Taiwanese firm HTC said Monday that it expects profit margins to continue sliding in the wake of increased competition by rival firms including Apple and Samsung.
HTC says that it expects revenue to drop by 17 percent in the three months leading to March 31, based on results from Q4 2012, which is worse than forecast by analysts.
The smartphone maker expects first-quarter revenue of between NT$50 billion to NT$60 billion ($1.69 - $2.03 billion). According to Reuters, this figure is lower than analyst forecasts of NT$62.77 in Q1 2013. HTC also predicts a Q1 gross profit margin of between 21 and 23 percent, which is either equal to or lower than 23 percent in Q4 2012. The company's operating profit margin is expected to be between 0.5 and 1 percent, in comparison to 1 percent in Q4 and 7.5 percent a year ago.
The Taoyuan-based firm has faced increased competition from rivals including Apple and Samsung, as well as the emergence of companies that are also targeting low-end smartphone markets. In an interview with the Wall Street Journal, HTC's CEO Peter Chou admitted the firm performed poorly in 2012, but remained optimistic that this year will be better.
Chou said that competition was "too strong" for the Taiwanese firm -- evident in HTC's profit slide of 79 percent year-on-year -- but 2013 "would not be too bad."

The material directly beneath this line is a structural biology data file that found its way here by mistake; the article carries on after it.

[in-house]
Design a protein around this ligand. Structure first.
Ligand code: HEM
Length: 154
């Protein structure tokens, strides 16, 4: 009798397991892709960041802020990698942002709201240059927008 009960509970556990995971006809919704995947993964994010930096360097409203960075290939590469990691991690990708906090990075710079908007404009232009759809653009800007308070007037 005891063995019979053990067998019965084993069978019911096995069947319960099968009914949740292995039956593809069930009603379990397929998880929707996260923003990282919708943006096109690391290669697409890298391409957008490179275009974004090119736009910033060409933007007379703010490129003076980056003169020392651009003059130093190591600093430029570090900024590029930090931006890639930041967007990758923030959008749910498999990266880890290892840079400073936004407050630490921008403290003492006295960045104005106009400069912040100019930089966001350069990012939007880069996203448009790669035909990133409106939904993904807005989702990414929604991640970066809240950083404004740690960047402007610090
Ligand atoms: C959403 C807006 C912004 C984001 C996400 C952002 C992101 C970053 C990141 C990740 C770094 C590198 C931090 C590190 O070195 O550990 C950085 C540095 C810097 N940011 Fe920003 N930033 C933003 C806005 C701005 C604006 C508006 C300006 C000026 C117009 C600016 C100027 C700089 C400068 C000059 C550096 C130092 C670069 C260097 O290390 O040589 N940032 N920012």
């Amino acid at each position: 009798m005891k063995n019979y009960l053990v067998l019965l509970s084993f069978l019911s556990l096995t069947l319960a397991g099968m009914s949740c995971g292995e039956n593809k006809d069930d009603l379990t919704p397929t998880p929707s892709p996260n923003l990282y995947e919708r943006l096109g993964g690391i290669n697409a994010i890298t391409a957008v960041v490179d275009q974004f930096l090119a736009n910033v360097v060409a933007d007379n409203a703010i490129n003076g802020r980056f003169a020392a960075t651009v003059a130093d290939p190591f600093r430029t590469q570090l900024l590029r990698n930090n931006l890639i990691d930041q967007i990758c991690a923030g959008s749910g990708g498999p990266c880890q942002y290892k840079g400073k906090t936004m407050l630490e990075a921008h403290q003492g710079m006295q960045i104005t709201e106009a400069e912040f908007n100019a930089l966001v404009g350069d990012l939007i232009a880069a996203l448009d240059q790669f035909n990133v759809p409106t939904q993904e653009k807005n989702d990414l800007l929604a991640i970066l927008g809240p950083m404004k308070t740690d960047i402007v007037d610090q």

"Our competitors were too strong and very resourceful, pouring in lots of money into marketing. We haven't done enough on the marketing front." Chou told the Journal.
According to research firm IDC, HTC lost its spot within the top five smartphone makers as shipments fell by 25 percent last year. In Q4, HTC is estimated to have only claimed 4.3 percent of total smartphone marketshare.
Update 11.48GMT: Following a conference call this morning, HTC Chief Financial Officer Chang Chia-Lin told investors that the company will now begin to offer low-end, cheaper smartphone models in order to shore up the balance books. Currently, the cheapest phone available in China is priced at 1,999 yuan ($320), but HTC is willing to go lower in its bid to target emerging markets over the next year.
"We're going to go down, but not below 1,000," Chia-Lin said. "We see there's still room to play."